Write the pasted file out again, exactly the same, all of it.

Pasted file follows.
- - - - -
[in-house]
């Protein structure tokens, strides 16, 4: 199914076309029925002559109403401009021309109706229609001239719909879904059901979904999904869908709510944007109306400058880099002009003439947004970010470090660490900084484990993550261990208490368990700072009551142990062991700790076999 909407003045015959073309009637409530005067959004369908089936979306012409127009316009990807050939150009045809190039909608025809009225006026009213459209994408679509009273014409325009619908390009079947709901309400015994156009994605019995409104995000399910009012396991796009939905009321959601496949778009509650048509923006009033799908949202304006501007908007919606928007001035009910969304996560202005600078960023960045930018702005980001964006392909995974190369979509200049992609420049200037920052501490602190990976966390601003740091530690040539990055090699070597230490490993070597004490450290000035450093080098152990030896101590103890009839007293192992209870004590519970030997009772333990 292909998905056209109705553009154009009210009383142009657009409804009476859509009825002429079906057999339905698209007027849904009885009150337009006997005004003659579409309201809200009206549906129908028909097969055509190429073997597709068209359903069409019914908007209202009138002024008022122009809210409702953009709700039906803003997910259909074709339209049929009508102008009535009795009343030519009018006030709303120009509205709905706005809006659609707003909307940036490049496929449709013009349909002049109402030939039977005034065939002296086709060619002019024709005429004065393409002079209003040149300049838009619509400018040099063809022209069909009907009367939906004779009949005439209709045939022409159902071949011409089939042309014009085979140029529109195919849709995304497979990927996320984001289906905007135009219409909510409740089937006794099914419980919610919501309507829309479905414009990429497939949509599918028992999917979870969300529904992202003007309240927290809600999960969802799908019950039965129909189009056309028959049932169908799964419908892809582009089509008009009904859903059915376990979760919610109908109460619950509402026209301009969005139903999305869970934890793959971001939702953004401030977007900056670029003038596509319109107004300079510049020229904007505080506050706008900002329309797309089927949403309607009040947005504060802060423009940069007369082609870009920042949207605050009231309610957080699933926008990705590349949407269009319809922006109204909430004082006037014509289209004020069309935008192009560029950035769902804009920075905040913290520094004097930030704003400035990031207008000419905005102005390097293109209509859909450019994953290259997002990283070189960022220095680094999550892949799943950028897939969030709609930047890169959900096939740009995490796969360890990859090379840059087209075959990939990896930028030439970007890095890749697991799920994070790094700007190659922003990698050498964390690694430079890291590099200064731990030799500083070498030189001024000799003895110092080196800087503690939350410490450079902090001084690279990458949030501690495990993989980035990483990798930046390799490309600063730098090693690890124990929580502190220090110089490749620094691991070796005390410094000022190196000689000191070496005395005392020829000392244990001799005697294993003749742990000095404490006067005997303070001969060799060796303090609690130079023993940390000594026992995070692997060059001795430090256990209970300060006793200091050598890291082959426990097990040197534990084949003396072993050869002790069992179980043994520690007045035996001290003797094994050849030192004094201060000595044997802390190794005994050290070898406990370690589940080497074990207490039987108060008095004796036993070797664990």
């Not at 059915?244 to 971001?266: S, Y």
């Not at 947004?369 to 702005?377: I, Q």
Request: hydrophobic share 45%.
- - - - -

[in-house]
């Protein structure tokens, strides 16, 4: 199914076309029925002559109403401009021309109706229609001239719909879904059901979904999904869908709510944007109306400058880099002009003439947004970010470090660490900084484990993550261990208490368990700072009551142990062991700790076999 909407003045015959073309009637409530005067959004369908089936979306012409127009316009990807050939150009045809190039909608025809009225006026009213459209994408679509009273014409325009619908390009079947709901309400015994156009994605019995409104995000399910009012396991796009939905009321959601496949778009509650048509923006009033799908949202304006501007908007919606928007001035009910969304996560202005600078960023960045930018702005980001964006392909995974190369979509200049992609420049200037920052501490602190990976966390601003740091530690040539990055090699070597230490490993070597004490450290000035450093080098152990030896101590103890009839007293192992209870004590519970030997009772333990 292909998905056209109705553009154009009210009383142009657009409804009476859509009825002429079906057999339905698209007027849904009885009150337009006997005004003659579409309201809200009206549906129908028909097969055509190429073997597709068209359903069409019914908007209202009138002024008022122009809210409702953009709700039906803003997910259909074709339209049929009508102008009535009795009343030519009018006030709303120009509205709905706005809006659609707003909307940036490049496929449709013009349909002049109402030939039977005034065939002296086709060619002019024709005429004065393409002079209003040149300049838009619509400018040099063809022209069909009907009367939906004779009949005439209709045939022409159902071949011409089939042309014009085979140029529109195919849709995304497979990927996320984001289906905007135009219409909510409740089937006794099914419980919610919501309507829309479905414009990429497939949509599918028992999917979870969300529904992202003007309240927290809600999960969802799908019950039965129909189009056309028959049932169908799964419908892809582009089509008009009904859903059915376990979760919610109908109460619950509402026209301009969005139903999305869970934890793959971001939702953004401030977007900056670029003038596509319109107004300079510049020229904007505080506050706008900002329309797309089927949403309607009040947005504060802060423009940069007369082609870009920042949207605050009231309610957080699933926008990705590349949407269009319809922006109204909430004082006037014509289209004020069309935008192009560029950035769902804009920075905040913290520094004097930030704003400035990031207008000419905005102005390097293109209509859909450019994953290259997002990283070189960022220095680094999550892949799943950028897939969030709609930047890169959900096939740009995490796969360890990859090379840059087209075959990939990896930028030439970007890095890749697991799920994070790094700007190659922003990698050498964390690694430079890291590099200064731990030799500083070498030189001024000799003895110092080196800087503690939350410490450079902090001084690279990458949030501690495990993989980035990483990798930046390799490309600063730098090693690890124990929580502190220090110089490749620094691991070796005390410094000022190196000689000191070496005395005392020829000392244990001799005697294993003749742990000095404490006067005997303070001969060799060796303090609690130079023993940390000594026992995070692997060059001795430090256990209970300060006793200091050598890291082959426990097990040197534990084949003396072993050869002790069992179980043994520690007045035996001290003797094994050849030192004094201060000595044997802390190794005994050290070898406990370690589940080497074990207490039987108060008095004796036993070797664990």
């Not at 059915?244 to 971001?266: S, Y």
């Not at 947004?369 to 702005?377: I, Q």
Request: hydrophobic share 45%.